Increasingly changeable weather in Britain could put net zero and the security of the electricity grid at risk according to a new report.
Produced by academics from Imperial College London for Drax Electric Insights, the report shows the country experienced its longest spell of low wind in more than ten years in the first quarter of 2021.
For example, on 3 March the UK’s 24.4GW wind turbine fleet fell to a low of 0.6GW in comparison with hitting 18.1 GW earlier in the month – high winds drove power prices down to a low of -£61/MWh towards the beginning of the month before these winds dropped away.
Dramatic weather was a key feature of the beginning of the year, with Britain going through periods when it was buffeted by storms and cold snaps that led to tight margins. This in turn led to grid operators overwhelmingly calling on gas-fired units to generate power to plug the gaps during periods of low winds.
In January, EDF was paid more in three days than in Q3 2020 as low winds and cold temperatures pushed the grid’s security, for example. This included its West Burton B gas plant being called into the Balancing Market at the record breaking £4,000/MWh on Friday 8 January.
Strain caused by reduced generation due to the impact of weather on intermittent renewables is recognised in Germany as a Dunkelflaute – a dark wind lull phenomena, Imperial’s report explains. March’s Dunkelflaute lasted for 11 straight days, making it the longest in more than a decade.
“It’s time for Britain to get serious about the threat of extreme weather events to our electricity system,” Dr Iain Staffell of Imperial College London, and lead author of the quarterly Electric Insights report, said.
“Renewable power sources have made our country cleaner and greener, but as they rely on the ever-changing British weather, completing our transition away from fossil fuels comes with serious challenges.”
Britain can expect to experience a period of prolonged low-wind every two decades on average the report warns, and could threaten grid security. It further pointed to the recent widespread blackouts in the US State of Texas, which highlighted the cost of overlooking extreme weather risks to energy systems.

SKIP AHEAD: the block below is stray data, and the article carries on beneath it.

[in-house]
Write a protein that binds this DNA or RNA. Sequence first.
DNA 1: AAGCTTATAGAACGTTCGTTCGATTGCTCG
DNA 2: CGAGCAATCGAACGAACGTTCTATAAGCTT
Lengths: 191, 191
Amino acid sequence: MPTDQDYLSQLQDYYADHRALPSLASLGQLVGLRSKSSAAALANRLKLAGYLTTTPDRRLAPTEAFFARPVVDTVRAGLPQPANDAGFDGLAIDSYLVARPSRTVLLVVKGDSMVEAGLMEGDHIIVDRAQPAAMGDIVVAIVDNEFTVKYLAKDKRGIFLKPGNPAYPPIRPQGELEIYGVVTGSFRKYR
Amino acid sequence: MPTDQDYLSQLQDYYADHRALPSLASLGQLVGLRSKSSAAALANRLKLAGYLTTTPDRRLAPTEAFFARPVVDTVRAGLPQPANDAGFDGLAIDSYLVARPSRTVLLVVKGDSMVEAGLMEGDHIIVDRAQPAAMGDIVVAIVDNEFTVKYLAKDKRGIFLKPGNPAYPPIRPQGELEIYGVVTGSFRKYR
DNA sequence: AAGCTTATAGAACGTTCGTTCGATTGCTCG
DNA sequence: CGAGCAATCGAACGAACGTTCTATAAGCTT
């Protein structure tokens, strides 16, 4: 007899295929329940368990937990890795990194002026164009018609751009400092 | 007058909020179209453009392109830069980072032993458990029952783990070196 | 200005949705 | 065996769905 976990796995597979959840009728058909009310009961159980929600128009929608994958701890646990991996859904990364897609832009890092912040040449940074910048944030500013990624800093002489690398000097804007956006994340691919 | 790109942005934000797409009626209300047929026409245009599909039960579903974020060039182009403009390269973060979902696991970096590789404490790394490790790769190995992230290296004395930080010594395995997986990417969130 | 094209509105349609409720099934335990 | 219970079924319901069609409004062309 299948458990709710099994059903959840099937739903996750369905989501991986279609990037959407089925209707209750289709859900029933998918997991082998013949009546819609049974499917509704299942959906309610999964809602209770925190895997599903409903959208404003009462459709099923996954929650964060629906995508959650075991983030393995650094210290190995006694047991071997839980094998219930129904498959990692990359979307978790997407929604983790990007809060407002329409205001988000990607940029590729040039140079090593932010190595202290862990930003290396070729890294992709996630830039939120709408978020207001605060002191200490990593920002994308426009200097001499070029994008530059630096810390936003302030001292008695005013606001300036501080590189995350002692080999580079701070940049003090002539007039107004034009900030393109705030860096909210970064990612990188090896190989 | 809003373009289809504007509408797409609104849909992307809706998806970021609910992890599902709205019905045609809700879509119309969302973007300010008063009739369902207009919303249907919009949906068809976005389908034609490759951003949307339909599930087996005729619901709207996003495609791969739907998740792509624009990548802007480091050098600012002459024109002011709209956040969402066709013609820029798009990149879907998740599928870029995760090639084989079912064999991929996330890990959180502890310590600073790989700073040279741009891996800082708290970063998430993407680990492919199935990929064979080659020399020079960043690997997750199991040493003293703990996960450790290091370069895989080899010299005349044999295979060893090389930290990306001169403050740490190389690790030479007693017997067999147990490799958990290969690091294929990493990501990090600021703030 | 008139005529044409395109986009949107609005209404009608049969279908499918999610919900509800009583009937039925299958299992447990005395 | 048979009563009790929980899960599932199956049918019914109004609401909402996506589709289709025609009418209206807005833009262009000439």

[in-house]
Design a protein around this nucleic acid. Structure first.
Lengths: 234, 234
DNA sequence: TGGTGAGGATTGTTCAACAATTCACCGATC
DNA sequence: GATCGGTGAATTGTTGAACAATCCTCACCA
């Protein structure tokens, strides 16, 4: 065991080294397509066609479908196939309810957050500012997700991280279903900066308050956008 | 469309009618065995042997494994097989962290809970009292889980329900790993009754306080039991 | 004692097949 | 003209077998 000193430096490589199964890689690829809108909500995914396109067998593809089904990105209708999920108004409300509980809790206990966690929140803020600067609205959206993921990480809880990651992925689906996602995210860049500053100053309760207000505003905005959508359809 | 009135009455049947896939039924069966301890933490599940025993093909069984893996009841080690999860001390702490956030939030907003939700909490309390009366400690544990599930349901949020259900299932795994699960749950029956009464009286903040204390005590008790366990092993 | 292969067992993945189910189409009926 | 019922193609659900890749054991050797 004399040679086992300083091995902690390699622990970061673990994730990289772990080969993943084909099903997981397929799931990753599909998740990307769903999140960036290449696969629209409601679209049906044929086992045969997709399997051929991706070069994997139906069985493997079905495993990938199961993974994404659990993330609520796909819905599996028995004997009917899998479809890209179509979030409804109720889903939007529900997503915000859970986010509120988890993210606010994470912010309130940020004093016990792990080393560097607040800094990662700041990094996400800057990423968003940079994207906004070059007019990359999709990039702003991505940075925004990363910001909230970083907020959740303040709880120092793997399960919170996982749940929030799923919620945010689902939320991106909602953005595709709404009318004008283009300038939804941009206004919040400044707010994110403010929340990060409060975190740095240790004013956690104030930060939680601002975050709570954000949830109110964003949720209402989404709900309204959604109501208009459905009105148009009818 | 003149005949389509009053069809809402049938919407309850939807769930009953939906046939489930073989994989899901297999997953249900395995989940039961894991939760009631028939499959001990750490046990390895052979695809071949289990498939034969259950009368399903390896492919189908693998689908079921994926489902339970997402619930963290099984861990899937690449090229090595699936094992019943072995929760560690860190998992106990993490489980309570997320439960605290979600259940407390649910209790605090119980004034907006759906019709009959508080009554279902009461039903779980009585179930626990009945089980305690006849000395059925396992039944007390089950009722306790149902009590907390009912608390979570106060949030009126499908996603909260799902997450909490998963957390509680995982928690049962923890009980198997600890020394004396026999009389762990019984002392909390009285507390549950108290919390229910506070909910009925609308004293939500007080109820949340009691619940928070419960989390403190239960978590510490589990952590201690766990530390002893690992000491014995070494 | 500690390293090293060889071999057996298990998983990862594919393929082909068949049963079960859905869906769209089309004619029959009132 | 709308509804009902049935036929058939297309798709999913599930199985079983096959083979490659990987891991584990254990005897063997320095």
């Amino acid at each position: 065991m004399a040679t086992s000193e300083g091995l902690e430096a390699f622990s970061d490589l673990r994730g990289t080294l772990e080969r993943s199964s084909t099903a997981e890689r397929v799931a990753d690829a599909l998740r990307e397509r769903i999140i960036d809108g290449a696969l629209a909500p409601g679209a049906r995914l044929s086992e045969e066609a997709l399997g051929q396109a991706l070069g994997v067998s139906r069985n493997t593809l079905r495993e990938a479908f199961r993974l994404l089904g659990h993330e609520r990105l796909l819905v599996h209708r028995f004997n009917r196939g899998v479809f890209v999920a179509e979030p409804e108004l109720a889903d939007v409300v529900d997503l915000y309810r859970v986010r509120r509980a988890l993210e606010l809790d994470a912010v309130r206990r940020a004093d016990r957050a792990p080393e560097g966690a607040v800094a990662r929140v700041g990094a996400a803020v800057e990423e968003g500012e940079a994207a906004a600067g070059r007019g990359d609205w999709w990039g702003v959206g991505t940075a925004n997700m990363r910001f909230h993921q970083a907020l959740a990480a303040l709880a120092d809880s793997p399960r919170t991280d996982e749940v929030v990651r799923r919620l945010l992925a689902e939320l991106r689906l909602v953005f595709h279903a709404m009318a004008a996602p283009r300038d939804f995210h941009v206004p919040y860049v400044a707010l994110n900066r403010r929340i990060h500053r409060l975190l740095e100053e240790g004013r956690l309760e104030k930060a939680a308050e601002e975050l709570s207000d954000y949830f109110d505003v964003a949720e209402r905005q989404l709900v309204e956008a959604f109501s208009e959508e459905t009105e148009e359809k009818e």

Dr Malte Jansen of Imperial College London, co-author of the report, added that “extreme events will become much more impactful” as wind and solar are set to supply half of the nation’s electricity needs in the next five years. As such, the UK needs to invest in more “clean and flexible technologies, such as long duration energy storage” to bridge the gap.
The report goes on to say that pumped hydro acts as a key supporting pillar for intermittent generation, and during Q1 2021 set a new daily output average high of 409 MW.
Despite this, no new pumped storage plants have been built in Britain since 1984, but the Drax Group – who commissioned the independent report via Imperial Consultants – is currently progressing plans to develop a second power station at its Cruachan pumped hydro storage plant in Scotland.
But while pumped storage is useful, it is limited resource, argued Phil MacDonald, chief operating officer of Ember, in response to the report, saying real investments in research and development of novel long-term energy storage is needed.
“The Climate Change Committee is clear that it is possible for the UK grid to phase-out unabated gas by 2035 without new storage technology, but innovating now will make the transition cheaper and quicker.”
He added that biomass should not be relied on to fill low wind periods, “as the old assumption that it is carbon neutral to burn wood in power stations has been shown to be incorrect”.